Britain’s Conservative Party has chosen Foreign Secretary Liz Truss as the party’s new leader, putting her in line to be confirmed as prime minister.
The announcement came on today in London after a leadership election in which only the 180,000 dues-paying members of the Conservative Party were allowed to vote. Truss beat rival Rishi Sunak, the government’s former Treasury chief, by promising to increase defense spending and cut taxes, while refusing to say how she would address the cost-of-living crisis.
Truss received 81,326 votes to Sunak’s 60,399, according to The Associated Press.
The two-month leadership contest left Britain with a power vacuum at a time when consumers, workers and businesses were demanding government action to mitigate the impact of soaring food and energy prices.
Prime Minister Boris Johnson has had no authority to make major policy decisions since July 7, when he announced his intention to resign.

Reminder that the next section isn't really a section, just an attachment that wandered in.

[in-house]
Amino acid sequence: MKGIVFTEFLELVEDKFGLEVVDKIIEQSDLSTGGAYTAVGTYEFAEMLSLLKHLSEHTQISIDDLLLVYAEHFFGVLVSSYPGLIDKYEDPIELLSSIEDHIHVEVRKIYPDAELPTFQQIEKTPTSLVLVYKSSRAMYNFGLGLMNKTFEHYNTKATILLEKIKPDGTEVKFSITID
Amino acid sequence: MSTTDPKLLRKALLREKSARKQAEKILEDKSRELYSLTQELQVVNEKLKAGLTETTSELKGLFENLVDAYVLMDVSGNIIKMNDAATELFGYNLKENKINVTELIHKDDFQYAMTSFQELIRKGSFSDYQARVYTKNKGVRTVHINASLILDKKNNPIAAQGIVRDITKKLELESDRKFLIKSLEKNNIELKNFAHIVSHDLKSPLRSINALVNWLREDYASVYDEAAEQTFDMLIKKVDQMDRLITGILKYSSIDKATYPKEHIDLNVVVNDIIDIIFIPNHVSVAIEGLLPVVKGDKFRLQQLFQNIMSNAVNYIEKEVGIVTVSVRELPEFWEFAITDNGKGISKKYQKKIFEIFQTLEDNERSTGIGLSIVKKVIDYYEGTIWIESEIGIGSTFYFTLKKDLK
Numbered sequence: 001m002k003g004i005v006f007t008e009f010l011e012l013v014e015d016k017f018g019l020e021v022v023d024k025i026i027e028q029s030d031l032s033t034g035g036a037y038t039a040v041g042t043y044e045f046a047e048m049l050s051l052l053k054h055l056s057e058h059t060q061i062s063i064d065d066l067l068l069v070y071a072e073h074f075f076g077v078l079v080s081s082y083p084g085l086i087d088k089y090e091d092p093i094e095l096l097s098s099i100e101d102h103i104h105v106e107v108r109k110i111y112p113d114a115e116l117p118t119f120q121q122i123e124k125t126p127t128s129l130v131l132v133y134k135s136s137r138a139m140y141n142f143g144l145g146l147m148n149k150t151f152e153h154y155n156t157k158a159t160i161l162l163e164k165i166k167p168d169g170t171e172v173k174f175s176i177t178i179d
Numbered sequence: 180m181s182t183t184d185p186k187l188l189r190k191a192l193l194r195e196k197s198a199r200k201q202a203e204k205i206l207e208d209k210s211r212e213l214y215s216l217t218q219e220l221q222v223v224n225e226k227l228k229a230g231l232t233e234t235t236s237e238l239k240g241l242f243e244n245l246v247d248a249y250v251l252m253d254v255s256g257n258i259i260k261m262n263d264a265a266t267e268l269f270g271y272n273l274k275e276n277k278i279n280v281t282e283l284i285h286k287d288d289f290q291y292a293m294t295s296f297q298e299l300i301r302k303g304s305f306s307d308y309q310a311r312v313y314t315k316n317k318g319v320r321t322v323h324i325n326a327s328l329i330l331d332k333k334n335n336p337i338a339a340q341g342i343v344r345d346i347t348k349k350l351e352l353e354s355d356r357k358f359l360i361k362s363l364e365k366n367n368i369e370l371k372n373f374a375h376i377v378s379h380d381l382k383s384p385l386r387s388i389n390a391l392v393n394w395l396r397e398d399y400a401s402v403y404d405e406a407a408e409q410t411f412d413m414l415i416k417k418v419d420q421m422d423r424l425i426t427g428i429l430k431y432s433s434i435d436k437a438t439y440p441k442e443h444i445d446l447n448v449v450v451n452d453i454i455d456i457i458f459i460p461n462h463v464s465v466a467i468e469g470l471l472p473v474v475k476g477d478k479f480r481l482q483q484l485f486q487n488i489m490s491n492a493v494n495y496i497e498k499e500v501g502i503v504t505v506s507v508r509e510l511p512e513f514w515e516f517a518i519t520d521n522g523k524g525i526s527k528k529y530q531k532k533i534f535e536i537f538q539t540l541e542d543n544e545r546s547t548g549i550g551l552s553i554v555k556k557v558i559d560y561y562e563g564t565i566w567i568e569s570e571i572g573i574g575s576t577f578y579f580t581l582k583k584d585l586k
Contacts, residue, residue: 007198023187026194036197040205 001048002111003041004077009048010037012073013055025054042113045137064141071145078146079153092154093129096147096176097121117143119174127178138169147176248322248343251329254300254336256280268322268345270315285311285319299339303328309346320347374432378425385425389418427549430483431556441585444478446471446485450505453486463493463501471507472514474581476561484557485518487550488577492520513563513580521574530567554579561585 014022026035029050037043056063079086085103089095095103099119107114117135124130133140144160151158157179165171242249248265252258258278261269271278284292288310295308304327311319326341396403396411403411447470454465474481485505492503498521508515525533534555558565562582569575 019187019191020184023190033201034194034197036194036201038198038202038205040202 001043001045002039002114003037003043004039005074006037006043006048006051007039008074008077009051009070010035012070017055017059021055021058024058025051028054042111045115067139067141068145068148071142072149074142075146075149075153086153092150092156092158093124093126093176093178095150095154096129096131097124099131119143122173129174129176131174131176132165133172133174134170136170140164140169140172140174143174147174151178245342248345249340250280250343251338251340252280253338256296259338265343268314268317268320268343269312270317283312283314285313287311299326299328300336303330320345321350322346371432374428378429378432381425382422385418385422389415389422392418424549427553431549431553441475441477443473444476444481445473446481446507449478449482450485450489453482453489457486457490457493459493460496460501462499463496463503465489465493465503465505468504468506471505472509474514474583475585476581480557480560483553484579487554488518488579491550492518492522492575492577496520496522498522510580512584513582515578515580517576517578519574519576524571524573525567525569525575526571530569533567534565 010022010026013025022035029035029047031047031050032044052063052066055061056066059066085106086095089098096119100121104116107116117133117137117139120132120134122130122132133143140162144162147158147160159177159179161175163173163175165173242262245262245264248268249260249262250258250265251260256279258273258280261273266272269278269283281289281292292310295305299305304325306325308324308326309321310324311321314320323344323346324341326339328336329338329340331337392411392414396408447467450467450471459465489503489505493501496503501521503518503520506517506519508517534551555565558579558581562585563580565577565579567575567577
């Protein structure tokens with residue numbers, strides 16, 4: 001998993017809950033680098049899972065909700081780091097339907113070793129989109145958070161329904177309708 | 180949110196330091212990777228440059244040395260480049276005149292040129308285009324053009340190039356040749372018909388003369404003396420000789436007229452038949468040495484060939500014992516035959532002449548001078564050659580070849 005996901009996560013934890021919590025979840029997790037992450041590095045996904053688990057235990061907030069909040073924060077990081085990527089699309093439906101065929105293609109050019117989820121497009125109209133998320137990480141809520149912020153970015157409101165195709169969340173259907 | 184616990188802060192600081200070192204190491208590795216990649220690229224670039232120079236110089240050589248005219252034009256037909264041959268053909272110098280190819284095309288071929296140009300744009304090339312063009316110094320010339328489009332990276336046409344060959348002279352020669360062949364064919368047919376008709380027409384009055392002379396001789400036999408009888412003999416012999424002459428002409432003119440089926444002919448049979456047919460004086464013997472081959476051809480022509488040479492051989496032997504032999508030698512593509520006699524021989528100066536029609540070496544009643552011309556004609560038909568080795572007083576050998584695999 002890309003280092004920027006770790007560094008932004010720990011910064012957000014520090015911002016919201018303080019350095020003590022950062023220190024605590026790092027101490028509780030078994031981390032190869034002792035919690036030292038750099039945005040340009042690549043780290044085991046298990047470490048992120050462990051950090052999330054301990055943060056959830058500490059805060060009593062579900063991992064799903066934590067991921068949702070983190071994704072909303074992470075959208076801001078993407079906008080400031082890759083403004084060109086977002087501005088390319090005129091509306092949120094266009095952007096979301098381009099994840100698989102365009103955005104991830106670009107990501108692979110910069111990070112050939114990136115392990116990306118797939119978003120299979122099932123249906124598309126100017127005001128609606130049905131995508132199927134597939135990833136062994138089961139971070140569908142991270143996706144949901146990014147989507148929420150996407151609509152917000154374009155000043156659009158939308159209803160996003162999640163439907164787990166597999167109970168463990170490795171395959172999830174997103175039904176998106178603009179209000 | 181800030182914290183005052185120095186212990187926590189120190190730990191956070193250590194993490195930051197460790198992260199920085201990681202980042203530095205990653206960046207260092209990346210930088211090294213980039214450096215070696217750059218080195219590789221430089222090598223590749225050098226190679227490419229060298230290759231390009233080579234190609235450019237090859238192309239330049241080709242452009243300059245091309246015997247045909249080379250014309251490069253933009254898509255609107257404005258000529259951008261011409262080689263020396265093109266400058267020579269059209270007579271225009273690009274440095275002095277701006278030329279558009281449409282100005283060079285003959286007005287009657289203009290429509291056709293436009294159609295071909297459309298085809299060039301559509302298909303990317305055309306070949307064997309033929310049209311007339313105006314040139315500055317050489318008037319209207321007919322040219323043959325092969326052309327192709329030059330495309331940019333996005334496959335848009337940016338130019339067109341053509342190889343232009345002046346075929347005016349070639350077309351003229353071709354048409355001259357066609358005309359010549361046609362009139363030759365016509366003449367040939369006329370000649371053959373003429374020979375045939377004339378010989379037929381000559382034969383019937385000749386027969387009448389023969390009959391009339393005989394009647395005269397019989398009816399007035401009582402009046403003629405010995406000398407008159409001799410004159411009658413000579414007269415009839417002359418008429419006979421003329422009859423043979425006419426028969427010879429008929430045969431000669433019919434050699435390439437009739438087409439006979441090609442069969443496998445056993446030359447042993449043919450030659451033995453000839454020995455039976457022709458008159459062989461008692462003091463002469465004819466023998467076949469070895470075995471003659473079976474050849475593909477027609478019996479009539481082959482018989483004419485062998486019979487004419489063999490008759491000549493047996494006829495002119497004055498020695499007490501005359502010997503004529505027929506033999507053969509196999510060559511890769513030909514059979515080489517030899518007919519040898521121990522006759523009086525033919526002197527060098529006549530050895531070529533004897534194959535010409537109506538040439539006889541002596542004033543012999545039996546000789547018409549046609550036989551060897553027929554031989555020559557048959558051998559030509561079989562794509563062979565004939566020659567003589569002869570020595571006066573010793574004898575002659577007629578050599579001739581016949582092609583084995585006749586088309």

Johnson was forced to resign after a series of ethics scandals that peaked in July when dozens of cabinet ministers and lower-level officials resigned over his handling of allegations of sexual misconduct by a senior member of his government.
Under Britain’s parliamentary system of government, the center-right Conservative Party was allowed to hold an internal election to select a new party leader and prime minister, without going to the wider electorate. A new general election isn’t required until December 2024.
According to the Times of London, Truss won with 57% of the vote – a slightly narrower margin than what early polls had suggested. Turnout was 82.6%.
In remarks following her victory, she paid tribute to “my friend” Johnson, saying: “You were admired from Kyiv to Carlisle.”
“We will deliver a great victory for the conservatives in 2024,” Truss added,